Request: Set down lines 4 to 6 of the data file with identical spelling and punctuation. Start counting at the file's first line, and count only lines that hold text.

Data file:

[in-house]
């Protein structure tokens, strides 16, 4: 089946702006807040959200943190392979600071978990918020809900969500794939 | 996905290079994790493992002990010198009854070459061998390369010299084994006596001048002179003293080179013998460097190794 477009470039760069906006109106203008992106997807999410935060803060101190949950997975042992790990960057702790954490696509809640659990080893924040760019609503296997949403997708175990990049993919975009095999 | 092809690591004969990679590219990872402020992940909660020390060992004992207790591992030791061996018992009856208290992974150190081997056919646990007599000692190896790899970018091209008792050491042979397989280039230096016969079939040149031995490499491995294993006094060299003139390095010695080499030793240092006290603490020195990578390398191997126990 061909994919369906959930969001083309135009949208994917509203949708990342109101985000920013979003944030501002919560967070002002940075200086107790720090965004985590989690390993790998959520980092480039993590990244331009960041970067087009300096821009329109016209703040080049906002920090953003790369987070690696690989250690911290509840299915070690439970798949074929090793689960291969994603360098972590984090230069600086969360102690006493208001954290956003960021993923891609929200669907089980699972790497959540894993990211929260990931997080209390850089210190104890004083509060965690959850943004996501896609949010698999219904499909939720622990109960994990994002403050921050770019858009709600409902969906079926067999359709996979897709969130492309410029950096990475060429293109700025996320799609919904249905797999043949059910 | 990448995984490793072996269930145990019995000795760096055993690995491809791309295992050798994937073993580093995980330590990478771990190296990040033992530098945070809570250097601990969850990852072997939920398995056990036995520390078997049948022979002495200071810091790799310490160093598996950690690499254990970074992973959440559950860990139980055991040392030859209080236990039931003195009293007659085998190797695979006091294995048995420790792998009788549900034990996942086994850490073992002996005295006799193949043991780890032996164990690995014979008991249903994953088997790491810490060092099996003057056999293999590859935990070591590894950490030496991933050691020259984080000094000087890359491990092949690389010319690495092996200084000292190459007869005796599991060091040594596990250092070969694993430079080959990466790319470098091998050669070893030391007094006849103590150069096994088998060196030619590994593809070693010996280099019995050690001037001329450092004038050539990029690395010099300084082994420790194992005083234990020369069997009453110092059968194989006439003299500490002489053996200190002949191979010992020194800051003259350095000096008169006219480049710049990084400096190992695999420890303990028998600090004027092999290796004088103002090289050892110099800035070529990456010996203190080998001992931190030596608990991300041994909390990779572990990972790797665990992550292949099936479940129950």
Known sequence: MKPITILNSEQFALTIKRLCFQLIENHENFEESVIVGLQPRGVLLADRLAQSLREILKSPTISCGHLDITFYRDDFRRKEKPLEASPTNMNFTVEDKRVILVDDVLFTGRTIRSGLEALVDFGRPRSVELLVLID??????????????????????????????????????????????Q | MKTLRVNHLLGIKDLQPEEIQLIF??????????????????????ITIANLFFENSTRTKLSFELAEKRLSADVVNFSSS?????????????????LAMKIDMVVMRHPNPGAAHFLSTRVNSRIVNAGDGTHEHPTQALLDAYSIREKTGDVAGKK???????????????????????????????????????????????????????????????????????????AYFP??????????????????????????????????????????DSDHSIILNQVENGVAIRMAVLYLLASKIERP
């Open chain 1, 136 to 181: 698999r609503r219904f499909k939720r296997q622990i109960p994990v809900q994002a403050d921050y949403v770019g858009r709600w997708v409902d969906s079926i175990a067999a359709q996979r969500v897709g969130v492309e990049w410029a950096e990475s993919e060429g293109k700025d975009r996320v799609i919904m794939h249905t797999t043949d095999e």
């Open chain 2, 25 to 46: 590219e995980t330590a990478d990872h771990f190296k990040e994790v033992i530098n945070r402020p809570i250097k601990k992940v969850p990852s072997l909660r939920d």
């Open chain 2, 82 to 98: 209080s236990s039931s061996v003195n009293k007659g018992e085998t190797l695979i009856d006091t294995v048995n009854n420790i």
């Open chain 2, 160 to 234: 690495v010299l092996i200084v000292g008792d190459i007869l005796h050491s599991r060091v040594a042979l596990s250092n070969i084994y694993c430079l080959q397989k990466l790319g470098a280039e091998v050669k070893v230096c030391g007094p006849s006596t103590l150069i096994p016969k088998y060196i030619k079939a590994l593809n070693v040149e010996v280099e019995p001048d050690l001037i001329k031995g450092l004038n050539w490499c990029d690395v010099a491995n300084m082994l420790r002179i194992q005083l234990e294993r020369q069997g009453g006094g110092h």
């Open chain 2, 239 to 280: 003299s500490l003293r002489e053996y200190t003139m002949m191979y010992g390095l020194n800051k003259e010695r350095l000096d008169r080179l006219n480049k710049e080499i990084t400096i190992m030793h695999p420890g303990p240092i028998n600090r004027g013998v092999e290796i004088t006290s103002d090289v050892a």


């Open chain 1, 136 to 181: 698999r609503r219904f499909k939720r296997q622990i109960p994990v809900q994002a403050d921050y949403v770019g858009r709600w997708v409902d969906s079926i175990a067999a359709q996979r969500v897709g969130v492309e990049w410029a950096e990475s993919e060429g293109k700025d975009r996320v799609i919904m794939h249905t797999t043949d095999e």
């Open chain 2, 25 to 46: 590219e995980t330590a990478d990872h771990f190296k990040e994790v033992i530098n945070r402020p809570i250097k601990k992940v969850p990852s072997l909660r939920d």
């Open chain 2, 82 to 98: 209080s236990s039931s061996v003195n009293k007659g018992e085998t190797l695979i009856d006091t294995v048995n009854n420790i």